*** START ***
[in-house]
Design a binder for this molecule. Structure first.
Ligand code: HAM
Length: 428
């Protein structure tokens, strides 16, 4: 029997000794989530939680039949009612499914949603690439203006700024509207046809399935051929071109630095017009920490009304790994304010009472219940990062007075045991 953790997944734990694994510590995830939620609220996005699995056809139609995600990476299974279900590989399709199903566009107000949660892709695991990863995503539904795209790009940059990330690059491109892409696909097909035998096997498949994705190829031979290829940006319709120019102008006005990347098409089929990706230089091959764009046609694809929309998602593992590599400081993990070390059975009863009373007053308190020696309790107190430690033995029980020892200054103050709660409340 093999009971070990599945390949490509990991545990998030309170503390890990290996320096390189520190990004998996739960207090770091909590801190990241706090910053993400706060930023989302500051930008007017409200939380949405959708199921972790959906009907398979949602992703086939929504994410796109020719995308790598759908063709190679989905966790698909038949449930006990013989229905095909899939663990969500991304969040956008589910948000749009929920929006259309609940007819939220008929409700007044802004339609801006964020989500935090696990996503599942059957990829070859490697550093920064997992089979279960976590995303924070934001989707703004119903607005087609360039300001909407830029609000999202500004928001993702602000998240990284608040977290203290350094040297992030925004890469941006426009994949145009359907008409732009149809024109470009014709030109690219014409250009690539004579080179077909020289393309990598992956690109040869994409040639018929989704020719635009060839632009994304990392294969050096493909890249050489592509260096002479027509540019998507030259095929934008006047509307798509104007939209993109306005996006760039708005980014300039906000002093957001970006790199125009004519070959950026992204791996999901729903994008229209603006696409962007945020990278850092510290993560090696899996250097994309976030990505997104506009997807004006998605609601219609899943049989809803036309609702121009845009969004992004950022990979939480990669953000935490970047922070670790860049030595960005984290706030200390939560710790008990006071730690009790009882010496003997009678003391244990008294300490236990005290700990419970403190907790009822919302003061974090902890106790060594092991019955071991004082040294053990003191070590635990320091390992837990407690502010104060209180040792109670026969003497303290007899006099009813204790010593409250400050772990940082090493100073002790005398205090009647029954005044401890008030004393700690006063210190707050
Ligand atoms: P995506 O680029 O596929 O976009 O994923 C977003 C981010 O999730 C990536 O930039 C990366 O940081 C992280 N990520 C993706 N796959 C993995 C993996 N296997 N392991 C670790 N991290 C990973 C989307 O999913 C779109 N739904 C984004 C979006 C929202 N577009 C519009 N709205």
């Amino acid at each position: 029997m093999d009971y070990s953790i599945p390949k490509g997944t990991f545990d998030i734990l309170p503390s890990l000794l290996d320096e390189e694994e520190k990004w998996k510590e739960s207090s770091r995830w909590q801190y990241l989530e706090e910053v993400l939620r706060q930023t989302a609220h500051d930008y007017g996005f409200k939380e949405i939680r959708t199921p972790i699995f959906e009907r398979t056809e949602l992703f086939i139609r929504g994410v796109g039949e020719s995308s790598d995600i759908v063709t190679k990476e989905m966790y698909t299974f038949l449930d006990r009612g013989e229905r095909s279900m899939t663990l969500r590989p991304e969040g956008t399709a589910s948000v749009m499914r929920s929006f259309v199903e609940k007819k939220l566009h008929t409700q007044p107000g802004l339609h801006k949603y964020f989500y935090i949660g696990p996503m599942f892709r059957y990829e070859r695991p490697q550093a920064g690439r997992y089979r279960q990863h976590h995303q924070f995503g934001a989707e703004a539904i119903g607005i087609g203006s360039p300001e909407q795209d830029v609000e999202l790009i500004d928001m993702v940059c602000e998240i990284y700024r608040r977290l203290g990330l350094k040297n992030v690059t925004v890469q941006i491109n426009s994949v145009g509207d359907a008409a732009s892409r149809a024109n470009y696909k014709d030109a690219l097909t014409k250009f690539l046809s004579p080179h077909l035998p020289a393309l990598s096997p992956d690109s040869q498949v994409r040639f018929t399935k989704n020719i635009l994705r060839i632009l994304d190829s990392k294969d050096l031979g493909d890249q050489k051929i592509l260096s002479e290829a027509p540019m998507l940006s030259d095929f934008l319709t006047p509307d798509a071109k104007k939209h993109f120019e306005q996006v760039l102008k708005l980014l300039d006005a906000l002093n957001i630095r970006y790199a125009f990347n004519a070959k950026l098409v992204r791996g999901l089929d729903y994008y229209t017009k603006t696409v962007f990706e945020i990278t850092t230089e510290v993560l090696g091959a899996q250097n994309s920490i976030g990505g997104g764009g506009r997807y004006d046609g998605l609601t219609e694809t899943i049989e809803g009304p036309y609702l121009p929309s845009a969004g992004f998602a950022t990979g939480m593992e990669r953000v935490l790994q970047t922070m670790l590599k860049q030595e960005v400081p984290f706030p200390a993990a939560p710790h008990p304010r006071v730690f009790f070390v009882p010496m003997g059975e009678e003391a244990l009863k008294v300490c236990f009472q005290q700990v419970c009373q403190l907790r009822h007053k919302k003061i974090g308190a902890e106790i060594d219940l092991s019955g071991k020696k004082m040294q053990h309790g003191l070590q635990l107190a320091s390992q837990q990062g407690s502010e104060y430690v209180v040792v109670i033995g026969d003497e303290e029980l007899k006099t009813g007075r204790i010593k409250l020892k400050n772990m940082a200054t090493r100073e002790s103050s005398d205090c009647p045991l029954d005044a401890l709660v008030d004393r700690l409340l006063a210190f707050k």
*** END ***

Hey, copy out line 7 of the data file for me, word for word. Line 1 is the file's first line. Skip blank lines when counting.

């Amino acid at each position: 029997m093999d009971y070990s953790i599945p390949k490509g997944t990991f545990d998030i734990l309170p503390s890990l000794l290996d320096e390189e694994e520190k990004w998996k510590e739960s207090s770091r995830w909590q801190y990241l989530e706090e910053v993400l939620r706060q930023t989302a609220h500051d930008y007017g996005f409200k939380e949405i939680r959708t199921p972790i699995f959906e009907r398979t056809e949602l992703f086939i139609r929504g994410v796109g039949e020719s995308s790598d995600i759908v063709t190679k990476e989905m966790y698909t299974f038949l449930d006990r009612g013989e229905r095909s279900m899939t663990l969500r590989p991304e969040g956008t399709a589910s948000v749009m499914r929920s929006f259309v199903e609940k007819k939220l566009h008929t409700q007044p107000g802004l339609h801006k949603y964020f989500y935090i949660g696990p996503m599942f892709r059957y990829e070859r695991p490697q550093a920064g690439r997992y089979r279960q990863h976590h995303q924070f995503g934001a989707e703004a539904i119903g607005i087609g203006s360039p300001e909407q795209d830029v609000e999202l790009i500004d928001m993702v940059c602000e998240i990284y700024r608040r977290l203290g990330l350094k040297n992030v690059t925004v890469q941006i491109n426009s994949v145009g509207d359907a008409a732009s892409r149809a024109n470009y696909k014709d030109a690219l097909t014409k250009f690539l046809s004579p080179h077909l035998p020289a393309l990598s096997p992956d690109s040869q498949v994409r040639f018929t399935k989704n020719i635009l994705r060839i632009l994304d190829s990392k294969d050096l031979g493909d890249q050489k051929i592509l260096s002479e290829a027509p540019m998507l940006s030259d095929f934008l319709t006047p509307d798509a071109k104007k939209h993109f120019e306005q996006v760039l102008k708005l980014l300039d006005a906000l002093n957001i630095r970006y790199a125009f990347n004519a070959k950026l098409v992204r791996g999901l089929d729903y994008y229209t017009k603006t696409v962007f990706e945020i990278t850092t230089e510290v993560l090696g091959a899996q250097n994309s920490i976030g990505g997104g764009g506009r997807y004006d046609g998605l609601t219609e694809t899943i049989e809803g009304p036309y609702l121009p929309s845009a969004g992004f998602a950022t990979g939480m593992e990669r953000v935490l790994q970047t922070m670790l590599k860049q030595e960005v400081p984290f706030p200390a993990a939560p710790h008990p304010r006071v730690f009790f070390v009882p010496m003997g059975e009678e003391a244990l009863k008294v300490c236990f009472q005290q700990v419970c009373q403190l907790r009822h007053k919302k003061i974090g308190a902890e106790i060594d219940l092991s019955g071991k020696k004082m040294q053990h309790g003191l070590q635990l107190a320091s390992q837990q990062g407690s502010e104060y430690v209180v040792v109670i033995g026969d003497e303290e029980l007899k006099t009813g007075r204790i010593k409250l020892k400050n772990m940082a200054t090493r100073e002790s103050s005398d205090c009647p045991l029954d005044a401890l709660v008030d004393r700690l409340l006063a210190f707050k």